Maybe next time. ;)

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August 11th, 2006 | categorizilation: all categories,China

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I have uploaded some photos directly to my server from the last few days. They are all very large photos, so beware…

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August 11th, 2006 | categorizilation: all categories,China,website

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Well people, sorry for the lack of photos. The Great Firewall of China is blocking access to flickr.com, the site that I use to organize, resize, and store my photos online. Does anyone know of a way of getting around this?

Urumqi is dry dry dry. Already have in my possesion my Kazakhstan visa, and I go to pick my Kyrgyz visa up on Monday avo. After that it’s over the Tianshan mountain range to take some photos of a friend’s dad’s hometown. There is a big fat 4500m pass in the way though, so it may take a week or so to get there.

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August 9th, 2006 | categorizilation: all categories,China

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Where do I start?

So I lug all my gear down the stairs to the platform after being guided through the labarynth of accessways of Beijing West Station by a first-class use only porter, to find myself at the very back of the train. 18 carriages and a very sore shoulder later I arrive at my carriage. Carriage number seventeen. Over the 45 hours it would take to get to Urumqi, row 22 of carriage number seventeen would become my world.

I got onto the train 1 hour before it was due to leave, so I was the first of the row 22ers to arrive. It is always a good idea to get on the train early in the hard seat section, or you may find your baggage put somewhere you can’t keep an eye on it rather than above your seat.

About 20 minutes later three men, one in his 20′s, one in his 30′s and one who appeard to be in his 60′s arrived at row 22. I didn’t notice it right away, but they were speaking a language that was not at all like Chinese, and they had a demeanour about them that seemed to ooze a mix of pride and joviality. The older fellow was wearing a square-ish embroidered hat that only covered the top of his head and did not suggest any practability when it came to keeping the sun of his head or face.

The first conversation the four of us tried to have failed terribly, and the situation only improved once I got out my pen, paper, and life saving ‘Picture Talk’ booklet. The first exchange of culture was when we discussed what meat I eat in New Zealand (even after I drew a simple world map, they were still not sure what or where New Zealand was). They pointed to the picture of a cow, sheep and chicken. Yes, yes, yes, I said. They also pointed to the pig Yes, I said. That was received with an expression of jovial disapproval. So next I pointed to the pig and I was replied with a great flurry of waving of hands and ‘no, no, no’ in a strong Arabic kind of accent. They were all laughing as if to say ‘of course not! What are you talking about?!’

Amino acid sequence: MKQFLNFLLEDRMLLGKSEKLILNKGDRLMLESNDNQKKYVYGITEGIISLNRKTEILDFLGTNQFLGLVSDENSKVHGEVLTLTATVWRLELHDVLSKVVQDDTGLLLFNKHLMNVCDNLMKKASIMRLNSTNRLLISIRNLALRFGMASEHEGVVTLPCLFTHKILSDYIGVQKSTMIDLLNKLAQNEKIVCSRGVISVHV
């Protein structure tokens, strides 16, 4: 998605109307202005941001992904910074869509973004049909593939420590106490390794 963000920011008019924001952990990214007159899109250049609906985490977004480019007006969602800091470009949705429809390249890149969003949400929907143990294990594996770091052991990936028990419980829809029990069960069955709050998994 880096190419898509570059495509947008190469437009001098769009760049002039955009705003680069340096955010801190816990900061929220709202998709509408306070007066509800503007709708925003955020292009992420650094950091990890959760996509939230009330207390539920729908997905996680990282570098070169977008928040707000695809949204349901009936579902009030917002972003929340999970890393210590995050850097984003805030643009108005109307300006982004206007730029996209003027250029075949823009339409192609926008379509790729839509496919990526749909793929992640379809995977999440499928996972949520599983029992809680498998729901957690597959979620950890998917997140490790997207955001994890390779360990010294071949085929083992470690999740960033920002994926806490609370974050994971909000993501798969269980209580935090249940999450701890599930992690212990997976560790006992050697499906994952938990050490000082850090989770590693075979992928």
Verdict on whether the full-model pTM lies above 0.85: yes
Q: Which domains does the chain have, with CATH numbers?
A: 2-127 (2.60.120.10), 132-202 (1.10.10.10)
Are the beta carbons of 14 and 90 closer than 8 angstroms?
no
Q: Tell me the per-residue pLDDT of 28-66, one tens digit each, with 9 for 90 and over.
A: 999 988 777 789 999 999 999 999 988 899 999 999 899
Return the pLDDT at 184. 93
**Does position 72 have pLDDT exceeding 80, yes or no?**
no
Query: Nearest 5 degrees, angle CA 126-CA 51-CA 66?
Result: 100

Around this time, more and more of these mystery people piled onto the train. The lucky ones who got tickets with seats shooed the ones without out of their seats. ‘Who are these people?’ I was thinking when I heard in perfect English ‘Hello, where are you from?’ It was Behtiyor, a university student from Beijing who also happened to be one of these people who did not look at all Asian. ‘More importantly, where are you people from?’ I asked. Behtiyor proceeded to explain that they were the Uyghur people of western China. So what nationality are you? We are Chinese…

I could not get over how very confusing the situation was. Some of these people could not read Chinese, however they were second or third generation Uyghur living in China. They piled onto the train carrying platic bags full of round flat bread, some with mutton peices on top. The women were wearing head scarfs. All very confusing…

The train started moving. I had a twinge of ‘there’s no going back now’ feeling. The first day of scenery was dense population. Fertile land growing all kinds of crops including corn, rice, apples, oranges. Big cities and smaller villages crammed into very small space. Rather than the scenery, the more interesting thing was the interraction of the Uyghur people. A truely jovial lot which included Jilal, a 23 year old chap who had broken his wrist during his trip to Beijing and spent most of the 45 hours on the train with his arm held in the air to alleviate the pain of the fracture. This was however the only indication that it was sore. He was not only jovial but also very vocal. His favourite pastime (apart from eating, by the looks of his rotund belly) was singing Uyghur folk songs and getting in heated coversations with other (Chinese) passengers.